The state of Kerala has used telephone call records, CCTV footage and GPS to trace the covid-19 suspects. They have also published the date and time maps showing the movement of people who have tested positive. The Kerala government had entered into an agreement with the US-based tech firm Sprinklr for collection and management of health data of Covid-19 patients and those quarantined in the state.
Concerns were raised and a case “Bali Gopalkrishnan and ors V/s State of Kerala and ors” was filed in Kerala High Court that entrusting health data with an American company puts the privacy at risk. In regards to this case, Kerala High Court mentioned that , “We do not want the COVID epidemic to be substituted by a data epidemic.”
Court issued an interim order to anonymise all the data that have been collected and collated from the respective citizens, then access to be allowed to Sprinklr. Citizens must be informed that their data has been collected and is likely to be accessed by any other third party and their specific consent must be taken. The court also prohibited Sprinklr from breaching confidentiality and ordered that it entrust all data to the Kerala government as soon as their contractual obligation is over. Because of these issues government decided to cancel the agreement.
Thus proving, Right to Privacy is dominant.
The Aarogya Setu app works only after allowing it to use Bluetooth and GPS which is sent among Inter Governmental agencies. This according to many people, seemed to be the violation of their fundamental right – Right to Privacy.
As elucidated by the ruling of nine judges in the matter of Justice K.S. Puttuswamy and Another v. Union of India [ (2017) 10 SCC 1 ] which recognizes right to privacy as an intrinsic part of the right to life and personal liberty under Article 21 and as a part of the freedoms guaranteed by Part III of the Constitution. It also recognised data protection as an essential part of informational privacy of an individual and observed that India lacks a comprehensive legal framework for personal data protection.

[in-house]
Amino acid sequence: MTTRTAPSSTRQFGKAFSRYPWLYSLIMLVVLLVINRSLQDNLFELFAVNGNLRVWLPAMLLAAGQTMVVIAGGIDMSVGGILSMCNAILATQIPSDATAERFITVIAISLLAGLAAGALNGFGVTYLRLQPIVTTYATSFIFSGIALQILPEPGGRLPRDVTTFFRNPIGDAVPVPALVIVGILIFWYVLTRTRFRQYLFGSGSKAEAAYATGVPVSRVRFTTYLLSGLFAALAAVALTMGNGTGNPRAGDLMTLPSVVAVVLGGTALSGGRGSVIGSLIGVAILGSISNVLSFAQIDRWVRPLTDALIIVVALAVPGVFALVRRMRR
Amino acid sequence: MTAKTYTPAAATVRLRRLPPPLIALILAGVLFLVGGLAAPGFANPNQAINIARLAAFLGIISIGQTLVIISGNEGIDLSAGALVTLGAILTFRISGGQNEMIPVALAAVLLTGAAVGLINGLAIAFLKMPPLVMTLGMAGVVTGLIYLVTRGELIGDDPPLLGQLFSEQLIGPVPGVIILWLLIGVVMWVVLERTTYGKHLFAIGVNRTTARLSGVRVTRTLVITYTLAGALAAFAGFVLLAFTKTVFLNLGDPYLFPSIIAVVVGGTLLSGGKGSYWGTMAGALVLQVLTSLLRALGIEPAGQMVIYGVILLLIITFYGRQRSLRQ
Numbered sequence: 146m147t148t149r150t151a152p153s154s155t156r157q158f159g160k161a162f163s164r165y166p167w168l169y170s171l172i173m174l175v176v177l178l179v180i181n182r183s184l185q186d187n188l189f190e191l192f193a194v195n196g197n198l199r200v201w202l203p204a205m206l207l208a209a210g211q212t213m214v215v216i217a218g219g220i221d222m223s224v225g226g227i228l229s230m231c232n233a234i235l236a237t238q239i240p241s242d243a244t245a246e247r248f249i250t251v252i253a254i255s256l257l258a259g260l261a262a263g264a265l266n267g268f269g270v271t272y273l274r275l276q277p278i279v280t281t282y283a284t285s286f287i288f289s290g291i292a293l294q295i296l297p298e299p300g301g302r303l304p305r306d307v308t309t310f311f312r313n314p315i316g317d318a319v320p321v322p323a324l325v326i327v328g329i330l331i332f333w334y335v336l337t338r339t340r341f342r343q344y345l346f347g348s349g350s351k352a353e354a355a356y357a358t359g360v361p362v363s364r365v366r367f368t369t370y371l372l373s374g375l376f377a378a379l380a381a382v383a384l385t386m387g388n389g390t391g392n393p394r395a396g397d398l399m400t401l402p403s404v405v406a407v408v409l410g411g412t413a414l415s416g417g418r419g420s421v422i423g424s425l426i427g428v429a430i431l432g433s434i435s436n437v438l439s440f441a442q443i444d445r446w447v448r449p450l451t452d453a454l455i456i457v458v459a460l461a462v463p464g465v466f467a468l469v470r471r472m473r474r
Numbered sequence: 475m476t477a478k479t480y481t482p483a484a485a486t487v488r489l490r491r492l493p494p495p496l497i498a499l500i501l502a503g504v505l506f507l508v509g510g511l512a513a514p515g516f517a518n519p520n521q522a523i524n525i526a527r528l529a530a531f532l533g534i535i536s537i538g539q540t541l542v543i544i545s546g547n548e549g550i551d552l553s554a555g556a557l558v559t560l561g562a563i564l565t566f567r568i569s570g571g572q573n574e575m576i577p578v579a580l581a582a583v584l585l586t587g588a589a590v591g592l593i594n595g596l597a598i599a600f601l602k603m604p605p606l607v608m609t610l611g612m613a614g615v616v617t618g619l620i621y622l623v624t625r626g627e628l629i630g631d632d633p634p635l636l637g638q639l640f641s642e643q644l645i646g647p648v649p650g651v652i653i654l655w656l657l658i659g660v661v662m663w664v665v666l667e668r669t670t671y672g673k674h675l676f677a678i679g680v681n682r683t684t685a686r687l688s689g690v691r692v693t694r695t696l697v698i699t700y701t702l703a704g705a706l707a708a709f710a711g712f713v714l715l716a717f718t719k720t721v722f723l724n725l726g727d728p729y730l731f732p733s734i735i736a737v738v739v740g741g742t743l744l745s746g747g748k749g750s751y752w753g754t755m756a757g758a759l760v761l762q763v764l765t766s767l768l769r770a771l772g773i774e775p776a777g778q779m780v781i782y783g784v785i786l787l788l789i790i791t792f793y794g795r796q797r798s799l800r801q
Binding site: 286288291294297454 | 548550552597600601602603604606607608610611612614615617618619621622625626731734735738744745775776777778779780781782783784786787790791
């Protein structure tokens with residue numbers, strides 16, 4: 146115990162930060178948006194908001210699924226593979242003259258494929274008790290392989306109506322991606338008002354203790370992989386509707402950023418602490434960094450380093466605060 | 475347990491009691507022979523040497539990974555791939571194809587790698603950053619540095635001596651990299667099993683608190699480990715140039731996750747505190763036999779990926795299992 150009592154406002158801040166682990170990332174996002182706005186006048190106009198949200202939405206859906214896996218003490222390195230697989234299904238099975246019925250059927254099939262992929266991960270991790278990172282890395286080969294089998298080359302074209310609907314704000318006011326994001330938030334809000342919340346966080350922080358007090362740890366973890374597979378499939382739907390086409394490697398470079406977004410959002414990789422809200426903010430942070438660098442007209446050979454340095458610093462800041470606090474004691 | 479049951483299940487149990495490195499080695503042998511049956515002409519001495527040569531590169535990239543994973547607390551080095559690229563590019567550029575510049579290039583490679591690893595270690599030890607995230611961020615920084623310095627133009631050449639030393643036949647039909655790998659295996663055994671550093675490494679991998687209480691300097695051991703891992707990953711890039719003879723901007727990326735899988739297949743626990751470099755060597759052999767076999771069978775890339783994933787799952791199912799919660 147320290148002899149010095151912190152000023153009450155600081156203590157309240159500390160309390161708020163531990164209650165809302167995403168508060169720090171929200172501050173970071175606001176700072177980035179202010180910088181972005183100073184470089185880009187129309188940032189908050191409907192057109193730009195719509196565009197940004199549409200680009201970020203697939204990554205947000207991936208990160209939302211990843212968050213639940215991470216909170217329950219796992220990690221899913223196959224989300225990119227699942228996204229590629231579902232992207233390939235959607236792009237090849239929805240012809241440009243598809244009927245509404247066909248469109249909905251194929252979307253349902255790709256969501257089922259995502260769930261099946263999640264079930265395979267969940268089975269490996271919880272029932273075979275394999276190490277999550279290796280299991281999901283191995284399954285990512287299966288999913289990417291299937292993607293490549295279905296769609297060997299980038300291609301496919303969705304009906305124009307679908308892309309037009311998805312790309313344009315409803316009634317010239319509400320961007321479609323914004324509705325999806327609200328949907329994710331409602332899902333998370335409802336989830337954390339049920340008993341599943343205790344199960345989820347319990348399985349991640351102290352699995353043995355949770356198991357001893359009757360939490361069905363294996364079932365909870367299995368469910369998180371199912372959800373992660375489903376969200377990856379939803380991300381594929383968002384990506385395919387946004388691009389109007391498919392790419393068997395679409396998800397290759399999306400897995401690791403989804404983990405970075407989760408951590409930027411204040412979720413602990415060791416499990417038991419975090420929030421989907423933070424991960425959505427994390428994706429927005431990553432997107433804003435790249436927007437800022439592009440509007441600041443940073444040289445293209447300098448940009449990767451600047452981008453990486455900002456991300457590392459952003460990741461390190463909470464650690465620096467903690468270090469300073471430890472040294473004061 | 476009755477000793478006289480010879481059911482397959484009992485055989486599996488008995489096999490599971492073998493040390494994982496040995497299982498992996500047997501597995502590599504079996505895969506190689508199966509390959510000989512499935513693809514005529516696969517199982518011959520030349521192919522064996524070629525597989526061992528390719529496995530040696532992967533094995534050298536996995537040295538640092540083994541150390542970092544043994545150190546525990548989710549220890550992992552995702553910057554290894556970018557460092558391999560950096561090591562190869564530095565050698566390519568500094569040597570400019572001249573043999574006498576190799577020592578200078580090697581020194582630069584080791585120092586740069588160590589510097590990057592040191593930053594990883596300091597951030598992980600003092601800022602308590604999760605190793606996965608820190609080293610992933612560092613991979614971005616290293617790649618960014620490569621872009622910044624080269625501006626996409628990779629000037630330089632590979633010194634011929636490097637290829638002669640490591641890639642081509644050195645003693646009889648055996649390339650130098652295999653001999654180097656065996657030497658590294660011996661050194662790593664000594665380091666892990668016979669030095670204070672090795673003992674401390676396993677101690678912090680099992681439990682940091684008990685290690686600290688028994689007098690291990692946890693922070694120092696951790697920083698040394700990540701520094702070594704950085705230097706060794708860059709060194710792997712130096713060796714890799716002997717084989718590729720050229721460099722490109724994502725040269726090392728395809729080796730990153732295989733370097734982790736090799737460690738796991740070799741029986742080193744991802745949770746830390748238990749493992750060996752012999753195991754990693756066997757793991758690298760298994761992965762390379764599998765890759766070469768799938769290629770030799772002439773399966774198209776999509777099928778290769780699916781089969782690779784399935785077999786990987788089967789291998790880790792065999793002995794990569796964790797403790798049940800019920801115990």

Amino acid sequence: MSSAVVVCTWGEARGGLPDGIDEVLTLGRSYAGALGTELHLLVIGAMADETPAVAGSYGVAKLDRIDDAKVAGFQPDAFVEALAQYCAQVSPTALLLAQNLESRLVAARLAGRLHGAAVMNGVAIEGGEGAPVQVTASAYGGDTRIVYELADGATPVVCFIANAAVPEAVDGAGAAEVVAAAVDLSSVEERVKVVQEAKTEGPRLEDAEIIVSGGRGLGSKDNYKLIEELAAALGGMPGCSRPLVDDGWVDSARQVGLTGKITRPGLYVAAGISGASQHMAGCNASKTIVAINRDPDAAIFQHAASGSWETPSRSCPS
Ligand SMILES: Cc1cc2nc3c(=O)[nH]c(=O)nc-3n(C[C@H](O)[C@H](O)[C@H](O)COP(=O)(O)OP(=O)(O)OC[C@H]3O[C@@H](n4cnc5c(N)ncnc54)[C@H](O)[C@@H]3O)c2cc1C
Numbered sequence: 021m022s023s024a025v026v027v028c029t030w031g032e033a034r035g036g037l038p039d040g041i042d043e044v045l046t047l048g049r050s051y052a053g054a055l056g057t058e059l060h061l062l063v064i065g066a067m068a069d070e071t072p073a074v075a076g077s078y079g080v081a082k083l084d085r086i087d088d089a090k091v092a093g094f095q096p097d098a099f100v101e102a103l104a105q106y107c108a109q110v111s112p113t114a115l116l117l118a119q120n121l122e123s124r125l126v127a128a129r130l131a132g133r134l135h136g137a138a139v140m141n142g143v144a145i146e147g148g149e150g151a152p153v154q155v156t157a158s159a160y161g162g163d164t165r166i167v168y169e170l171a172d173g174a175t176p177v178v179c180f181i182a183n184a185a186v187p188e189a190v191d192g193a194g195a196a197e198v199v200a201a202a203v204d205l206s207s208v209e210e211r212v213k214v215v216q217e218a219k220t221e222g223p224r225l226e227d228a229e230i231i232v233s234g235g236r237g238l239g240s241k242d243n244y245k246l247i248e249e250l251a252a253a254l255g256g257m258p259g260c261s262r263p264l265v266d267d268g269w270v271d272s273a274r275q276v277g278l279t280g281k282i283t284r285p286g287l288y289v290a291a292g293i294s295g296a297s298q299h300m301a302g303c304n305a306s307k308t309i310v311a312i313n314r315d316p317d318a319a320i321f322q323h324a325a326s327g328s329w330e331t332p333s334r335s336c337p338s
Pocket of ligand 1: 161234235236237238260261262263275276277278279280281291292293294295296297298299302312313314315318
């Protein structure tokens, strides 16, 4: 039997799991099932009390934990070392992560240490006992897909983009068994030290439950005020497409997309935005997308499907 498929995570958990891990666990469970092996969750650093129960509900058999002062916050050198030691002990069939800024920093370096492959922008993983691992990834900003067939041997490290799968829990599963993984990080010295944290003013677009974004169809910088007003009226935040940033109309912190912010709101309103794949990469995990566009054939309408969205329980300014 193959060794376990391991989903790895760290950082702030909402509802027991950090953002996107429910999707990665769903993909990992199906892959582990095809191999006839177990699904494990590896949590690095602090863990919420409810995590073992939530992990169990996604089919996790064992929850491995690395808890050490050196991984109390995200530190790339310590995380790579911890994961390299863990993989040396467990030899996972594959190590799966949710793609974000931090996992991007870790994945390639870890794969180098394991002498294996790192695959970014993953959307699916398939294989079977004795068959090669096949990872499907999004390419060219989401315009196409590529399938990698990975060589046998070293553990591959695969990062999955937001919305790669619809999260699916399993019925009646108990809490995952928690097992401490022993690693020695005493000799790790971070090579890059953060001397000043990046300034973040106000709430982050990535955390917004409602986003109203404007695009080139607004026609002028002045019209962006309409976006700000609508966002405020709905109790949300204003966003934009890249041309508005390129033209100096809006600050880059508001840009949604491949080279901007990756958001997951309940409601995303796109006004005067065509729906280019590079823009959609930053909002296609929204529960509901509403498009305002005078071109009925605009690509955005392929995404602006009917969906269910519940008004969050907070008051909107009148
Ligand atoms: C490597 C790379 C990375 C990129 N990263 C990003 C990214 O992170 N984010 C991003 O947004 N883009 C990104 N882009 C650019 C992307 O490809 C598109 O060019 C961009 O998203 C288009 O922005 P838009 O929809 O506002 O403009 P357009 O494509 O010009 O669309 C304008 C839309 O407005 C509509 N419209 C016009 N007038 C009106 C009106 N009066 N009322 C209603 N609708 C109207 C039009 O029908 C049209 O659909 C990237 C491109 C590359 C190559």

Hackers frequently look at crisis as an opportunity, and COVID-19 is no different. A French ethical hacker under the alias Elliot Alderson who first flagged the privacy concerns in the coronavirus contact tracing app Aarogya Setu explained the security flaws in a blog. He explained that the Aarogya Setu app is not supposed to disclose a corona patient’s location but merely tell the user that there are cases around him. The two main concerns he points out is that anyone can access the internal database and that anyone can see who is sick anywhere in India, which violates privacy. While the government has touted Aarogya Setu to be absolutely safe, the fact that it reportedly got hacked by the hackers, raises concerns that if not the government, hackers can get into the app and leak user data.
In order to maintain data privacy, the government introduced the Personal Data Protection Bill, 2019 (PDP Bill) in the Lok Sabha, largely incorporating the principles of personal data protection.
Section 12 of the PDP Bill, 2019, does allow processing of personal data without consent during medical emergencies and pandemics. However, the Bill has not been passed till date. Hence, there is an absence of governing legislation.
“Technology can help keep us safe; but fear must not be leveraged to track citizens without their consent.” -Rahul Gandhi (Congress leader)
The conflict between public health preservation and protection of fundamental rights of the citizens is a serious concern and cannot be disregarded. And in order to preserve personal data of the citizens, it is important to enforce safeguards as well.
Public health interest can be considered as a sole reason to increase monitoring of individuals but government authority has to monitor by taking necessary precautions. If such precautions are not exercised in times of urgency, we may be successful in preventing the spread of virus, but may vandalize the citizen’s rights.